As more and more people are buying more and more items online, limiting the ecological footprint of e-commerce deliveries is pressing. Research suggests several initiatives for retailers and logistics service providers to take, but consumer-involvement is key. This research investigates how to encourage consumers’ sustainable decision-making in the web-shop's check-out page by using non-financial incentives only. To this end, we carry out an online experiment among Belgian consumers to assess and compare the impact of four incentives: (1) information, (2) options order, (3) social media share and (4) social norm. The experiment demonstrates that providing information on the ecological footprint of delivery options is the most decisive incentive. The impact of social media shares and social norms are positive, while reversing the order of delivery options has limited effects. This research highlights the potential of consumer behaviour in enhancing sustainability and encourages further exploration of this topic.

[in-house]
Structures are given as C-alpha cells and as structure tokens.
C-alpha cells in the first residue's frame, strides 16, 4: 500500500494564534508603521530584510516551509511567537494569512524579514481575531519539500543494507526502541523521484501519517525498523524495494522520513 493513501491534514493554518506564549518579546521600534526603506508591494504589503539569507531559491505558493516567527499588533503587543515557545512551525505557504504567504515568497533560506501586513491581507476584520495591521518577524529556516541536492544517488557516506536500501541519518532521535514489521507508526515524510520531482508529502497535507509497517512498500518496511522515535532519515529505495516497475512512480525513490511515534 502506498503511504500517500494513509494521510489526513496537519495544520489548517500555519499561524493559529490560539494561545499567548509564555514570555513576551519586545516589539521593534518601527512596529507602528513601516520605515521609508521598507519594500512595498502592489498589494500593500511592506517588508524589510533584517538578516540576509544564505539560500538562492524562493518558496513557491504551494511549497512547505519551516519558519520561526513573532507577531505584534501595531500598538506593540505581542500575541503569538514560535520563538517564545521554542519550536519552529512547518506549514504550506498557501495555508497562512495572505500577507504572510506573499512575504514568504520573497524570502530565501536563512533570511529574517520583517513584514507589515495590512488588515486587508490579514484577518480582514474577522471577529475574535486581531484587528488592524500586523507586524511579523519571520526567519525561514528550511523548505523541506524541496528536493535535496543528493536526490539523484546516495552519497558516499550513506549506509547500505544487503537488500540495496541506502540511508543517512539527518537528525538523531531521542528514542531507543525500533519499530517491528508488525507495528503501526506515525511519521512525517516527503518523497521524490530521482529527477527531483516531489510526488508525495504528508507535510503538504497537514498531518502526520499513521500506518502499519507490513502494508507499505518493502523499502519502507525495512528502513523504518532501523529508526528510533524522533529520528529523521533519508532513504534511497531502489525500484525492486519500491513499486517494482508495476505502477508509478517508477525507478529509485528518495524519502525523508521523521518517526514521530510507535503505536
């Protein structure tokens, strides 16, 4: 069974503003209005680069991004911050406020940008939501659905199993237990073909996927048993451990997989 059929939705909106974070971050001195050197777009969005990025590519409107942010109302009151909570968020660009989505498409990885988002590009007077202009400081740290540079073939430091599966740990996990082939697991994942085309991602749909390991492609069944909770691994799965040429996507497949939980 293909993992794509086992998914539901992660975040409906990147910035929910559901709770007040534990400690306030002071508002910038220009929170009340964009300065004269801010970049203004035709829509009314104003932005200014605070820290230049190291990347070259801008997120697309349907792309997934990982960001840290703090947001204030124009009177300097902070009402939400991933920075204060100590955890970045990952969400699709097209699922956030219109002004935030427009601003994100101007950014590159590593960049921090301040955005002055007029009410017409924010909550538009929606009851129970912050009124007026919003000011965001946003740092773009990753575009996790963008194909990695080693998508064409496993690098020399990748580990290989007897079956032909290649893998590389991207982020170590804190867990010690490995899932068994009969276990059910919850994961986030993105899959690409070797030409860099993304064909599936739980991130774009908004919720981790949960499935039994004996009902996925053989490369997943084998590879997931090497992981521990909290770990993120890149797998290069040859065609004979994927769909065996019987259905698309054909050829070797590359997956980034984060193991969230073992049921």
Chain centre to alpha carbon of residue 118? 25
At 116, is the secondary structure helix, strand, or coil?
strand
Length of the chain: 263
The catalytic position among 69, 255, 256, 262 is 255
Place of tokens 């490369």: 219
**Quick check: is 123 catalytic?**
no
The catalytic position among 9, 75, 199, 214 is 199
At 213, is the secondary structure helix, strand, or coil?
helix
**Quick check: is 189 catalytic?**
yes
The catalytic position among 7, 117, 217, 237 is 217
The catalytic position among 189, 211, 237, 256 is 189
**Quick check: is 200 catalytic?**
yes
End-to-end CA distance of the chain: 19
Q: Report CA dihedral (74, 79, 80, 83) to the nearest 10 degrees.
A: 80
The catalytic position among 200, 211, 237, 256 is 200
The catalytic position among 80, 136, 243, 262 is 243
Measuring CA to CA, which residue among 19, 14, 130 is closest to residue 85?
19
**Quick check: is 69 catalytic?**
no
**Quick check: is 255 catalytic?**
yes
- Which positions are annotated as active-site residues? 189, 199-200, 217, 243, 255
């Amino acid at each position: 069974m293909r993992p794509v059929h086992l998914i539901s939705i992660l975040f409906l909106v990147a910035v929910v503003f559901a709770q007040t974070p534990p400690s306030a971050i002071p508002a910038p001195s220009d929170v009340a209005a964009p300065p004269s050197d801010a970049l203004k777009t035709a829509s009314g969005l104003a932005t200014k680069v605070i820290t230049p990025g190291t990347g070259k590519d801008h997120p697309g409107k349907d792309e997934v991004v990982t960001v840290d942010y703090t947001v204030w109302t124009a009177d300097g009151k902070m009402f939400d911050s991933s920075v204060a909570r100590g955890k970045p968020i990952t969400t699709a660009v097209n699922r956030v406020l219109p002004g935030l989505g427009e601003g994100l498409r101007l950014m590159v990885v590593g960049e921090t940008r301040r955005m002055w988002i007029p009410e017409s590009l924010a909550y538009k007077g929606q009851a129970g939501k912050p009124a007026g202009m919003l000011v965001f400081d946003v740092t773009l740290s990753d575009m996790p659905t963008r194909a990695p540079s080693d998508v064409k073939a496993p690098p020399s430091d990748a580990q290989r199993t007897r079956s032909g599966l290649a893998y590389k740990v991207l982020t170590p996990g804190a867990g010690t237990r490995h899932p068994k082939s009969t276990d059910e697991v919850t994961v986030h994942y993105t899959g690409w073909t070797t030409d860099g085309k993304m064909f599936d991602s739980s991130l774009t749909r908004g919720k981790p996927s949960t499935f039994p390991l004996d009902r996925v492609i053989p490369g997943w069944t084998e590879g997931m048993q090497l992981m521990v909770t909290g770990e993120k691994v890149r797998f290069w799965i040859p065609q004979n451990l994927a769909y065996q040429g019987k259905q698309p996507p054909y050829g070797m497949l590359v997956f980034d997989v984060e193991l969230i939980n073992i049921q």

|Number of pages||12|
|Journal||Transportation Research Part D: Transport and Environment|
|Publication status||Published - Apr 2021|
- Consumer behaviour